The meeting in Turin was to be the toughest test, facing the pre-tournament favourites, West Germany, who had been producing very impressive team performances with some great individuals in the side, such as striker Jurgen Klinsmann, who joined Spurs after the 1994 World Cup, midfielder and captain Lothar Mattheus, who was to become a legend, the most capped player in German football (150), and ace marksman Rudi Voller.

Crucially, six of the West German side played their football in Italy and were very comfortable with the stadia and the atmosphere. England, by comparison, had very few players with recent continental experience as English clubs were still on an indefinite ban from any European competitions after the Heysel Stadium riots of 1985.

First Half to England

The first half was eventful but without goals, even though both teams created chances, one being Waddle’s audacious attempt to chip the German keeper almost from the halfway line. Gascoigne and Pearce also went close and Shilton, in the England goal, wasn’t unduly troubled, so the first half was probably just shaded by England.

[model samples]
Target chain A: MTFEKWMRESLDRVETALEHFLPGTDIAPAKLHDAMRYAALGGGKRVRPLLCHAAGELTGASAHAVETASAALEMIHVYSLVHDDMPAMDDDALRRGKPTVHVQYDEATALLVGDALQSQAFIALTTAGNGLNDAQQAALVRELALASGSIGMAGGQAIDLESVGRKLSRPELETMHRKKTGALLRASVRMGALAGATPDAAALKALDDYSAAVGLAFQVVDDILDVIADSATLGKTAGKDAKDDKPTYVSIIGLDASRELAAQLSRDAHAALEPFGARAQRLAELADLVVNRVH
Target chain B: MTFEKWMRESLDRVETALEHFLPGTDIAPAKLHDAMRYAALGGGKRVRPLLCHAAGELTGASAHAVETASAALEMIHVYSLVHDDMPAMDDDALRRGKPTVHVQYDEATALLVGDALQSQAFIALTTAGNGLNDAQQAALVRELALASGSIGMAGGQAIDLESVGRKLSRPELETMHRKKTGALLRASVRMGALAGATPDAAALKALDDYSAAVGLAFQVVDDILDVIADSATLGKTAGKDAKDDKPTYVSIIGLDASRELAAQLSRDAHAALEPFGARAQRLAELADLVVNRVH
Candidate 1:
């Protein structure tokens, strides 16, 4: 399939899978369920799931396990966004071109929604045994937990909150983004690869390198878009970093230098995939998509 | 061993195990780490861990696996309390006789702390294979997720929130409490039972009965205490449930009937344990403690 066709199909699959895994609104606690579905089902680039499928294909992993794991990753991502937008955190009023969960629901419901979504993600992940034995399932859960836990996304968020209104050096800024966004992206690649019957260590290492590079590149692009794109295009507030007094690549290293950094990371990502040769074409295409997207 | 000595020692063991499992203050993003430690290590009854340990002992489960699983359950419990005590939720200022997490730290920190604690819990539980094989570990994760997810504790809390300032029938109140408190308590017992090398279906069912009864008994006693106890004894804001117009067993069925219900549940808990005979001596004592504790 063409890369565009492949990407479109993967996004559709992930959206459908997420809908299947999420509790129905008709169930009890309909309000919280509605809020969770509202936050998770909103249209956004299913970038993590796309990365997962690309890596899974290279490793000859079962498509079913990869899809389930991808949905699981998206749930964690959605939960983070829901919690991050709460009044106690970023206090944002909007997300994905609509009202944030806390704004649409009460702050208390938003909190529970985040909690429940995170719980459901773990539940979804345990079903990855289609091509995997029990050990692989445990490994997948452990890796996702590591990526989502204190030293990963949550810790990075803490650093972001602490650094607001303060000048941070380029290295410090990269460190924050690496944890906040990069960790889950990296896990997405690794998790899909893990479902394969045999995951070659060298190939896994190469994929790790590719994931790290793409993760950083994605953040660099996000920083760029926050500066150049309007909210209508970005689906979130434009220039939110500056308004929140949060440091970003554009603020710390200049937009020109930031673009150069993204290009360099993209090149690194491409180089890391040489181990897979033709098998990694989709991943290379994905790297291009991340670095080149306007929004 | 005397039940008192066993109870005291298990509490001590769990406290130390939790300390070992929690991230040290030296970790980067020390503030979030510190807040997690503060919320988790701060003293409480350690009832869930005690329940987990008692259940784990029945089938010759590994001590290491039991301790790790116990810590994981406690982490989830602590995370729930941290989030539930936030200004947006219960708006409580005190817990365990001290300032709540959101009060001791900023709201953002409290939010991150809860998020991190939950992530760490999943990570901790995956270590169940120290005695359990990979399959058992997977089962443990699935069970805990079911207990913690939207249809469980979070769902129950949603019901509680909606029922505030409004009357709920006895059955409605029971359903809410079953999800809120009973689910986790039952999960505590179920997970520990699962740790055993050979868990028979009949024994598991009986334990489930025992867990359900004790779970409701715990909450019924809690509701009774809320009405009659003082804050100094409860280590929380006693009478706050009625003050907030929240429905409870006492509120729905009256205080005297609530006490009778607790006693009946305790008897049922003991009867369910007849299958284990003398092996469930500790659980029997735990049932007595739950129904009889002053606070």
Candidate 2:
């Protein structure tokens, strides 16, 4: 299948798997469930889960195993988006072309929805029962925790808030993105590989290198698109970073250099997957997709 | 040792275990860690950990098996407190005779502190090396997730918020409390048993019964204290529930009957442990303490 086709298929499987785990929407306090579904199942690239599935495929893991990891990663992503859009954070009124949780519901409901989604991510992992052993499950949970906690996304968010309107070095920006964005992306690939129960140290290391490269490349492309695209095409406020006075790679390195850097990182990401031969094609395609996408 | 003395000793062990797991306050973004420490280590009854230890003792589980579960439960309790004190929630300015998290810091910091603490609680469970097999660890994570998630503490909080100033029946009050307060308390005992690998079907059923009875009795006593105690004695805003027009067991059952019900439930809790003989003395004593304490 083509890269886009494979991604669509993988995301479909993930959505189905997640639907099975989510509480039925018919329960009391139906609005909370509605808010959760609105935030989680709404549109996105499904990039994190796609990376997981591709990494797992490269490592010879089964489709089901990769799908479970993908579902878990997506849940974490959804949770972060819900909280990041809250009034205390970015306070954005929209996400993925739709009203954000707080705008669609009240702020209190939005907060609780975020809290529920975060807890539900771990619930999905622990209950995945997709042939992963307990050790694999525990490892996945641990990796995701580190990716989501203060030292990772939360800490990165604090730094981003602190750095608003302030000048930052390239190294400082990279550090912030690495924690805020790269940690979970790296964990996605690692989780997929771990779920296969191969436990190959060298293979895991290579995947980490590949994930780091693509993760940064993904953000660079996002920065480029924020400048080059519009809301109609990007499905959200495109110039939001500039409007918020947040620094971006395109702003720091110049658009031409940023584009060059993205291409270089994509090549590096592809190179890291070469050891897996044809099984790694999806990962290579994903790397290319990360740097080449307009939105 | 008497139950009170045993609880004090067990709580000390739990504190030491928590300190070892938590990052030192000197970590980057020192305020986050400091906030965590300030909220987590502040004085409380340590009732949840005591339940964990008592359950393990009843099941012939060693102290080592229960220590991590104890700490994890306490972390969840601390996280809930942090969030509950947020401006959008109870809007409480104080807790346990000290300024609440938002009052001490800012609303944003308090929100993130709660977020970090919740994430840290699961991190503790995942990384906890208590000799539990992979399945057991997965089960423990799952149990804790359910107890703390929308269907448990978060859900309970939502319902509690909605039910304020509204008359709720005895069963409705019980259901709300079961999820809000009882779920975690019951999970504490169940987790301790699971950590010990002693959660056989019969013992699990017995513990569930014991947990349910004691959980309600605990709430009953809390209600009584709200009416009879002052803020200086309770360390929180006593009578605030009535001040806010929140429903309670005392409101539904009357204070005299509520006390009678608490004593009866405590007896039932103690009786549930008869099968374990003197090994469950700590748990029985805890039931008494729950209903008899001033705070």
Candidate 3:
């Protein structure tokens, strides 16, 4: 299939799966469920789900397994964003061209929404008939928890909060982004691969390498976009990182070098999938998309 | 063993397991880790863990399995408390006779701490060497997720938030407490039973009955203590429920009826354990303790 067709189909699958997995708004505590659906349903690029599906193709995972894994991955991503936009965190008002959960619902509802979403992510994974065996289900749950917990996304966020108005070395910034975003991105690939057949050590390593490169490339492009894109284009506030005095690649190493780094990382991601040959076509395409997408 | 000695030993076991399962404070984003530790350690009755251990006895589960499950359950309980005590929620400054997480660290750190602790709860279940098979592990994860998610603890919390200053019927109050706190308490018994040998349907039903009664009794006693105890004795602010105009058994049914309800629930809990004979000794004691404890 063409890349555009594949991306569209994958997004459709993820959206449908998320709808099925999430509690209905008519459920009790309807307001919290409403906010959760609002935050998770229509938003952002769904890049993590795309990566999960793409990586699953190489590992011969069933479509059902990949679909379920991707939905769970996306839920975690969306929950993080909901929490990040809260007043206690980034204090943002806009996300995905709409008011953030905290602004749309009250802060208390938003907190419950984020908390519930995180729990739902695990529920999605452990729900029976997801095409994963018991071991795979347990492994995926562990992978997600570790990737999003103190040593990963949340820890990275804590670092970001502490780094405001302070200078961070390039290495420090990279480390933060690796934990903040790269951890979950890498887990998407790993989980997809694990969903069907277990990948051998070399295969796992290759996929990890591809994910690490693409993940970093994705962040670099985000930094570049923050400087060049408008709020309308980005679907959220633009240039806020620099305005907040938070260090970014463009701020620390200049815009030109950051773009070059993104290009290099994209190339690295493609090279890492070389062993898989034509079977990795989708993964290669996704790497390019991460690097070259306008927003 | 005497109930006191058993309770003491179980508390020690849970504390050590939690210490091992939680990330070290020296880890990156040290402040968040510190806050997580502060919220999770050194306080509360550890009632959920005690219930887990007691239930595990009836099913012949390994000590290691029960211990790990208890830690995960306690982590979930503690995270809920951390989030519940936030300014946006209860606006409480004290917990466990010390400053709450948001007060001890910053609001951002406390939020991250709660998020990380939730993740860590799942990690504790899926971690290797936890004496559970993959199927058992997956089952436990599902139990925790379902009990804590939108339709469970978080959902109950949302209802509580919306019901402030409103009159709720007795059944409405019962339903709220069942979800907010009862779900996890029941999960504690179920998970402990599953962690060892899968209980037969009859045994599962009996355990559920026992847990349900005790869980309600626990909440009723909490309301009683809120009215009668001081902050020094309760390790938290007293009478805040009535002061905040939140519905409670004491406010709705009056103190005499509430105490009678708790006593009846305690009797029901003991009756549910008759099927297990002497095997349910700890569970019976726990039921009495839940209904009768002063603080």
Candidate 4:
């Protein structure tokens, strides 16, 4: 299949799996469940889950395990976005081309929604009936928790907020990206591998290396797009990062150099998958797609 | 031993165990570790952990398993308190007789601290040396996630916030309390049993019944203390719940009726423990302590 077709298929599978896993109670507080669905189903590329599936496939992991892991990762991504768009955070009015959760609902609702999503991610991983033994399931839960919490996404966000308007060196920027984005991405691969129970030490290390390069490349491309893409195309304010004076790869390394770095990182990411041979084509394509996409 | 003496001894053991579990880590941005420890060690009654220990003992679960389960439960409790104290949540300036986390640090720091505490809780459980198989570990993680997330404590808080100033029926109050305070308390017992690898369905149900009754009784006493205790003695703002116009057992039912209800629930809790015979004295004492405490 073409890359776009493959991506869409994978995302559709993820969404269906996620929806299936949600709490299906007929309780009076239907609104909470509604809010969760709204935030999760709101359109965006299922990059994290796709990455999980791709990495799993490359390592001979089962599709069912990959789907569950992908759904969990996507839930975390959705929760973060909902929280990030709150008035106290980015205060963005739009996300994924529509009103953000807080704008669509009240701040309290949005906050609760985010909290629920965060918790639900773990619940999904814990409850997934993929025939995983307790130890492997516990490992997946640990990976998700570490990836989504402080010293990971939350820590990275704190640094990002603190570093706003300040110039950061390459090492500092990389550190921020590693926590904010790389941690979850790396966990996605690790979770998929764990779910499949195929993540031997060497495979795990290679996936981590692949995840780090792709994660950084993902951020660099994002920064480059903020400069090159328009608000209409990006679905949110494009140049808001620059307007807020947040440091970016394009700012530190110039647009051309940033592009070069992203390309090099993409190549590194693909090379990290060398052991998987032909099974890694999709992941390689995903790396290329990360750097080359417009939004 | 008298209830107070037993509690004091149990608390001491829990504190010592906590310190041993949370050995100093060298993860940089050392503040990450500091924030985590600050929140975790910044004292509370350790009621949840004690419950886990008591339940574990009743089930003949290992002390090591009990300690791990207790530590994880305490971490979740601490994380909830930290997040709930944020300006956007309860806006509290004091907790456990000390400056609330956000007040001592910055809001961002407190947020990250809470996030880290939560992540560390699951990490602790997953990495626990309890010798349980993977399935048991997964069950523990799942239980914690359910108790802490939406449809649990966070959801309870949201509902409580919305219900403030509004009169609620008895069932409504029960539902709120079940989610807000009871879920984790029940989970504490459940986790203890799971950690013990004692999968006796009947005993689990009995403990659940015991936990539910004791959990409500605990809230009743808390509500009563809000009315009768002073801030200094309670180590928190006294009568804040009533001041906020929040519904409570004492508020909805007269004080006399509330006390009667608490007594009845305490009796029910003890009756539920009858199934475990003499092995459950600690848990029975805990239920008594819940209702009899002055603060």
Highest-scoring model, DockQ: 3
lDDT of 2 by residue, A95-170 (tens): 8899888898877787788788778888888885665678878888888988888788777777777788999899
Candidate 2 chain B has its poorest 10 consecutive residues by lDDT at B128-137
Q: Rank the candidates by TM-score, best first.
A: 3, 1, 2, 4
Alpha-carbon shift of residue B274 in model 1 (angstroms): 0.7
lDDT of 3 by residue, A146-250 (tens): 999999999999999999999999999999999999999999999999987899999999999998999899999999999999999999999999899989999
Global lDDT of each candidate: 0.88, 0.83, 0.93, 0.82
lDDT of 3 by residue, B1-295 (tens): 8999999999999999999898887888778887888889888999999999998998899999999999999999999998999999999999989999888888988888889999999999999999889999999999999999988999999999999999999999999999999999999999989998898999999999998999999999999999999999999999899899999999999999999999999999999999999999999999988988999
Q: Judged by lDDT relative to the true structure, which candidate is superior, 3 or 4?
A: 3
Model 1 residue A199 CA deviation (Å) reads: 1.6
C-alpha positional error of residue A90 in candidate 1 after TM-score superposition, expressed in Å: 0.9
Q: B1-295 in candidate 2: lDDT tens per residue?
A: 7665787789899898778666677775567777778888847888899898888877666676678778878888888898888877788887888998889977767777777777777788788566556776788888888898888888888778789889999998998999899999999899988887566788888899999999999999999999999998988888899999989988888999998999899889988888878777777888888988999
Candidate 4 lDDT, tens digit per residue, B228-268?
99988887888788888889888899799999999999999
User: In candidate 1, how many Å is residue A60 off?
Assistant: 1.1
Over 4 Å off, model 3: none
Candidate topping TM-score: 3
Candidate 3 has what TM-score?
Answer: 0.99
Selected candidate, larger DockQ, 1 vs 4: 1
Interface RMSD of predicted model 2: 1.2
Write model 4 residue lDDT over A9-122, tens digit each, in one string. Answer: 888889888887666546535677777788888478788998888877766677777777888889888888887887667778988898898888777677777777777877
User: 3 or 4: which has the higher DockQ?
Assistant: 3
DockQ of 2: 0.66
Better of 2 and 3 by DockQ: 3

Into the second half and it was first blood to West Germany on 60 minutes. A free kick was tapped to Andreas Brehme and Paul Parker rushed out of the England wall to charge the kick down. The ball took a wicked deflection off Parker’s shoulder and looped over Shilton. Twenty minutes later England equalised with a sublime through ball into the area that Lineker deftly controlled and volleyed back across the goal with his left foot.

Extra Time and the Tears Flow

Extra time beckoned, the third match in a row where England had had to play for 120 minutes. Both teams hit the post, Waddle for England and Buchwald for West Germany, but although there were no further goals, there was further drama on 99 minutes when Paul Gascoigne was booked for a lunge on Thomas Berthold. As it was Gazza’s second booking of the tournament, he realised that he’d not be able to play in the final if England got through, and the famous tears began to flow. Despite this he played on as well as before and is generally accepted, across the whole match, to have won the midfield battle with Mattheus, and England finished the extra period as the stronger side.